Moscow has confirmed they have no plans to take Russia's invasion of neighbouring Ukraine to the next level.
Kremlin spokesman Dmitry Peskov told Newsweek that 'no one is thinking about [...] using a nuclear weapon,' as the conflict in Ukraine has 'nothing to do with' any threat to Russia's existence.
The aggressive state possesses around 6,000 nuclear warheads.
Former President Dmitry Medvedev revealed only days ago that Russia's nuclear doctrine did not require an enemy to use nuclear weapons first.
The former president's words follow a warning by Russian president Vladimir Putin, who said his nuclear forces had been put on 'high alert' following the February 24 invasion.
While there were fears held around the world that the situation in Ukraine would become nuclear, Russia has drawn a line in the sand.
Peskov told Newsweek that Russia has 'no doubt' that 'all the objectives of our special military operation in Ukraine' will be achieved.
He also added: "But any outcome of the operation, of course, is not a reason for usage of a nuclear weapon.
"We have a security concept that very clearly states that only when there is a threat for existence of the state in our country.
"We can use - and we will actually use - nuclear weapons to eliminate the threat or the existence of our country."
President Putin has raised the threat of using nuclear weapons – and his spokesperson Dmitry Peskov refused to rule out their use, in an interview with me tonight. pic.twitter.com/uxQqncLGYN— Christiane Amanpour (@amanpour) March 22, 2022
Peskov then added that Russia's existence and the Ukrainian invasion 'have nothing to do with each other'.
The Kremlin spokesperson dismissed Putin's threat of nuclear attack as a warning to not 'interfere in the affairs between Ukraine and Russia'.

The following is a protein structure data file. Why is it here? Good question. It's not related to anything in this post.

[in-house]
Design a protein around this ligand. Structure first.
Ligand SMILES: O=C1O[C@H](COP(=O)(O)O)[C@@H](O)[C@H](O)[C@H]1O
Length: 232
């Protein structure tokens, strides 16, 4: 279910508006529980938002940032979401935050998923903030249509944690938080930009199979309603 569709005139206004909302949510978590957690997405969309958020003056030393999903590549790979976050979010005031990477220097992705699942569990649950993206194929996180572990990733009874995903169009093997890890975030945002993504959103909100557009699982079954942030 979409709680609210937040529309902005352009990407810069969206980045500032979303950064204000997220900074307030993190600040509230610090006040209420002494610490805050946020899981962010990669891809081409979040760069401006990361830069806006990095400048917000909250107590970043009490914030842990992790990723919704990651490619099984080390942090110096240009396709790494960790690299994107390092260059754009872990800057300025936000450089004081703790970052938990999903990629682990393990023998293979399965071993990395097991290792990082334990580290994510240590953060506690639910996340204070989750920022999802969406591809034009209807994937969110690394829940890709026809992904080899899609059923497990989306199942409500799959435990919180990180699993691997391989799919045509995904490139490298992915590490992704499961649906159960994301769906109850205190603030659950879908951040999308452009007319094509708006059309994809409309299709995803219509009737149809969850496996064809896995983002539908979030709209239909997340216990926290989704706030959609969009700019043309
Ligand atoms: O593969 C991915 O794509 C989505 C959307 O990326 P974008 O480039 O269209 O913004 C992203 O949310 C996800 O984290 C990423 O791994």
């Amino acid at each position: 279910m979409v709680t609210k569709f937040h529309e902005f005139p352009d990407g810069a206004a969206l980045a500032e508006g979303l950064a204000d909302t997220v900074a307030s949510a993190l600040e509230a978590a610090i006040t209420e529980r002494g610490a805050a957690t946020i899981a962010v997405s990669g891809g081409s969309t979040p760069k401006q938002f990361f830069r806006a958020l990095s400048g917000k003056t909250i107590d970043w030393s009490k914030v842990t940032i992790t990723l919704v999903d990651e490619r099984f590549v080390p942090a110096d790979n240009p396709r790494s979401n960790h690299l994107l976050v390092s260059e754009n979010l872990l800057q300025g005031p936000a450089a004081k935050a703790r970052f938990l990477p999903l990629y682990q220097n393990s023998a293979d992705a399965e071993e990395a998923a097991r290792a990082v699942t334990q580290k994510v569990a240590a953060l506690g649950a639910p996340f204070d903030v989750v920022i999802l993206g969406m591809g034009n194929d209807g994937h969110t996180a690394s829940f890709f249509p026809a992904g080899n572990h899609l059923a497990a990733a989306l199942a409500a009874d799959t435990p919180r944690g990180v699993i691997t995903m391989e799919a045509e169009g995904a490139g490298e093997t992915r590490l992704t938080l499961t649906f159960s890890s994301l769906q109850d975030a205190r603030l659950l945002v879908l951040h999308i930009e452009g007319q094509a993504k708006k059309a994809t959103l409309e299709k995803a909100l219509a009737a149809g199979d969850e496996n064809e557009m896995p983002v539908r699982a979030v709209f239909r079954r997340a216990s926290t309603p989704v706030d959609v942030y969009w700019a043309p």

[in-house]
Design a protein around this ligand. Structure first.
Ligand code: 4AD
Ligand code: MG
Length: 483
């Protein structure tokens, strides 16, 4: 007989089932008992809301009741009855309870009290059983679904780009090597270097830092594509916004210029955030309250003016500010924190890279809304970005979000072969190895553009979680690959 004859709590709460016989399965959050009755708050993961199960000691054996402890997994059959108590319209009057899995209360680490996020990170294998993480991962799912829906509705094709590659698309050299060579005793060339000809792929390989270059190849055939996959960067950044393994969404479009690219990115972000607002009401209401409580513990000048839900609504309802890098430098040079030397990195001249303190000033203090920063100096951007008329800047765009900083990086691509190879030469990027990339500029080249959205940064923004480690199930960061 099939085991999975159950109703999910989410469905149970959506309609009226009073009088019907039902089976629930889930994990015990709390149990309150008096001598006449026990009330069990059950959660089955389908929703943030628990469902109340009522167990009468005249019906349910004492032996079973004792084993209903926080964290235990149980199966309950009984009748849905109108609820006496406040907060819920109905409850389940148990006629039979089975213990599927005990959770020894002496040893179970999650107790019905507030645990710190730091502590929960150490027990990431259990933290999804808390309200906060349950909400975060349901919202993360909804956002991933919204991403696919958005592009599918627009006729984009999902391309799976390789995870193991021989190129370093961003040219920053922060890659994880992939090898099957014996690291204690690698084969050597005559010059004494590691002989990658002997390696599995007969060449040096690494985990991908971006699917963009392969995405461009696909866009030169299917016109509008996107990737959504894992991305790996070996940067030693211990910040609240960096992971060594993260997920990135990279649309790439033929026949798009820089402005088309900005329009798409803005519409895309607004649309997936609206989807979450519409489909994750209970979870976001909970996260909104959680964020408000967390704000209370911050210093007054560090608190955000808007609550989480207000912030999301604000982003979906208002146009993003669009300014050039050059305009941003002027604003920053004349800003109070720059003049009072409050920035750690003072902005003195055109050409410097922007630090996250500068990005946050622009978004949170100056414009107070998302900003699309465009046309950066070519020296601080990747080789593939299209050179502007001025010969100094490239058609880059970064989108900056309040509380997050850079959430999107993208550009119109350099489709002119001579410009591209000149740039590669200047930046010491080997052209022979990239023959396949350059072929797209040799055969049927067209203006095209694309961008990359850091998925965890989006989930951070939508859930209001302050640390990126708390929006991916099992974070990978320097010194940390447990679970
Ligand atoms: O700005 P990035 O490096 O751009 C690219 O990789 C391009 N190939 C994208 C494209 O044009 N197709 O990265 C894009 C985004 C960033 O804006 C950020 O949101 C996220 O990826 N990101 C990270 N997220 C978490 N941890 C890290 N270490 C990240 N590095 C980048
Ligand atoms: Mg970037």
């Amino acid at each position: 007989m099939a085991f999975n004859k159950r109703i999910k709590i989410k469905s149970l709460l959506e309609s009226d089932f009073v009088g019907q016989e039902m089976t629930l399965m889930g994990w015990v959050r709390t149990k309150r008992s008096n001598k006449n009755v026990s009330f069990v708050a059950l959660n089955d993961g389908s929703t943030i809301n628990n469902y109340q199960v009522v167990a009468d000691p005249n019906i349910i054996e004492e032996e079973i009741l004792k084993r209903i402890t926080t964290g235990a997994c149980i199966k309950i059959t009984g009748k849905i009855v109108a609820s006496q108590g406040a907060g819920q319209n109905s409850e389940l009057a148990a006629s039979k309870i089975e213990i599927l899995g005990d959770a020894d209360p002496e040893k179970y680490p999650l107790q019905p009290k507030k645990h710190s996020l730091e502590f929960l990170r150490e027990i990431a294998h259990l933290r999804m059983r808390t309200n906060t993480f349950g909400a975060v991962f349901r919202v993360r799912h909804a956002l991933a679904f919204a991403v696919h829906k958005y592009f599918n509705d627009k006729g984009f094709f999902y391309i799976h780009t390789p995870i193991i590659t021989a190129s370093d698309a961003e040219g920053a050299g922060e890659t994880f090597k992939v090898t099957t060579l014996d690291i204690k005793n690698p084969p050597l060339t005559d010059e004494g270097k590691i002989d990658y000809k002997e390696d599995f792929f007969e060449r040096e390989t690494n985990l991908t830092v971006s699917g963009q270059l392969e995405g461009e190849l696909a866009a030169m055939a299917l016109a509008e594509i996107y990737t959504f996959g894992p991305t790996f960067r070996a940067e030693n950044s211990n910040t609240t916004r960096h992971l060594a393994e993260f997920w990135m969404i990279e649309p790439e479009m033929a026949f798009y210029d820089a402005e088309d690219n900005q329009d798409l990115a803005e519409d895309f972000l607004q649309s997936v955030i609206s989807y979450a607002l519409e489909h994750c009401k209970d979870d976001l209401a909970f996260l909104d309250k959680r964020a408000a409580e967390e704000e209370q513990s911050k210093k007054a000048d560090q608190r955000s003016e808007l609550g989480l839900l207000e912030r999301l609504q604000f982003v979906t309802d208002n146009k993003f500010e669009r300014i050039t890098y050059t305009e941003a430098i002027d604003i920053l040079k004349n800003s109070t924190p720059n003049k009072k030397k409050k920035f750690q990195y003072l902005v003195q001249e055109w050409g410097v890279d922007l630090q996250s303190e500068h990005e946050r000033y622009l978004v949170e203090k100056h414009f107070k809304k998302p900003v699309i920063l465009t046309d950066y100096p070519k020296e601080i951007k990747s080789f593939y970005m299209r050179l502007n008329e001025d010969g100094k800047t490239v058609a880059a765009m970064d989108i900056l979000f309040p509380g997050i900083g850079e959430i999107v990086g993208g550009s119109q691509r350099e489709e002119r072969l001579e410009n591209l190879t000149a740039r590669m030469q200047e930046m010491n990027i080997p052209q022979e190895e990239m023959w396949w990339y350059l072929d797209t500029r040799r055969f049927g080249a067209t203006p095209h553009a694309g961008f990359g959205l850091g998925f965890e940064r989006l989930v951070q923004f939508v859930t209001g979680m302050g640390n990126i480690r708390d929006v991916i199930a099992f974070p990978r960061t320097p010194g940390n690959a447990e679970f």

Meanwhile, Russia has revealed it will drastically cut military activity near the Ukrainian capital of Kyiv and around Chernihiv.
Kremlin deputy defence minister Alexander Fomin revealed that Moscow has decided to 'fundamentally cut back' operations to 'increase mutual trust' at peace talks with Ukraine.
Sky News reports that the pledge has ben dismissed by Western officials as a likely an attempt to 'play for time'.
Speaking to Reuters, one Western official believes the announcement 'seems to be more of a tactical exercise' to buy time for struggling Russian troops to regroup.
The official's statement was also backed by the Pentagon.
It confirmed 'some movement of small numbers' of Russian forces away from the Ukrainian capital, but described the move as 'repositioning - not a withdrawal'.
US President Joe Biden put it simply at a White House press conference: "We'll see if they follow through."
Ukraine's President Volodymyr Zelenskyy said only a concrete result from the talks can be trusted.
"We can say the signals we are receiving from the talks are positive but they do not drown out the explosions of Russian shells," he told Reuters.
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Featured Image Credit: STOCKFOLIO® / Alamy Stock Photo. The Canadian Press / Alamy Stock Photo.
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